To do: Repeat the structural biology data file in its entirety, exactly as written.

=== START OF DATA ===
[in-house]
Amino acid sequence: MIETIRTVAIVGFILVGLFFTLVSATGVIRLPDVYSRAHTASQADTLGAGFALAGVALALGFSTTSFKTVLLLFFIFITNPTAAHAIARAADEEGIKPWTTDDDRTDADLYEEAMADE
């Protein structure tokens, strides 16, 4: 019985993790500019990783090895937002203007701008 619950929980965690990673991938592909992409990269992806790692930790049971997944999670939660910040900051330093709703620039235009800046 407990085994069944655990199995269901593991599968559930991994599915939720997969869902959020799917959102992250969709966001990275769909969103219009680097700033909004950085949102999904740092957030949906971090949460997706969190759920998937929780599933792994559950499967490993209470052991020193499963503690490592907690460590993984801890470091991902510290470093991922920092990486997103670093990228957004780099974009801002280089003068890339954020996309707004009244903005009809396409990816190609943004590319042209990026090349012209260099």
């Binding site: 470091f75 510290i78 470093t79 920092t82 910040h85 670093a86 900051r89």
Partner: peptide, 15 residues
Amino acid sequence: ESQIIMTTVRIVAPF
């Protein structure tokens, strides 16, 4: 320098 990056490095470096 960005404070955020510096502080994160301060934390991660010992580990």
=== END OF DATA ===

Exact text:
[in-house]
Amino acid sequence: MIETIRTVAIVGFILVGLFFTLVSATGVIRLPDVYSRAHTASQADTLGAGFALAGVALALGFSTTSFKTVLLLFFIFITNPTAAHAIARAADEEGIKPWTTDDDRTDADLYEEAMADE
């Protein structure tokens, strides 16, 4: 019985993790500019990783090895937002203007701008 619950929980965690990673991938592909992409990269992806790692930790049971997944999670939660910040900051330093709703620039235009800046 407990085994069944655990199995269901593991599968559930991994599915939720997969869902959020799917959102992250969709966001990275769909969103219009680097700033909004950085949102999904740092957030949906971090949460997706969190759920998937929780599933792994559950499967490993209470052991020193499963503690490592907690460590993984801890470091991902510290470093991922920092990486997103670093990228957004780099974009801002280089003068890339954020996309707004009244903005009809396409990816190609943004590319042209990026090349012209260099």
């Binding site: 470091f75 510290i78 470093t79 920092t82 910040h85 670093a86 900051r89």
Partner: peptide, 15 residues
Amino acid sequence: ESQIIMTTVRIVAPF
């Protein structure tokens, strides 16, 4: 320098 990056490095470096 960005404070955020510096502080994160301060934390991660010992580990």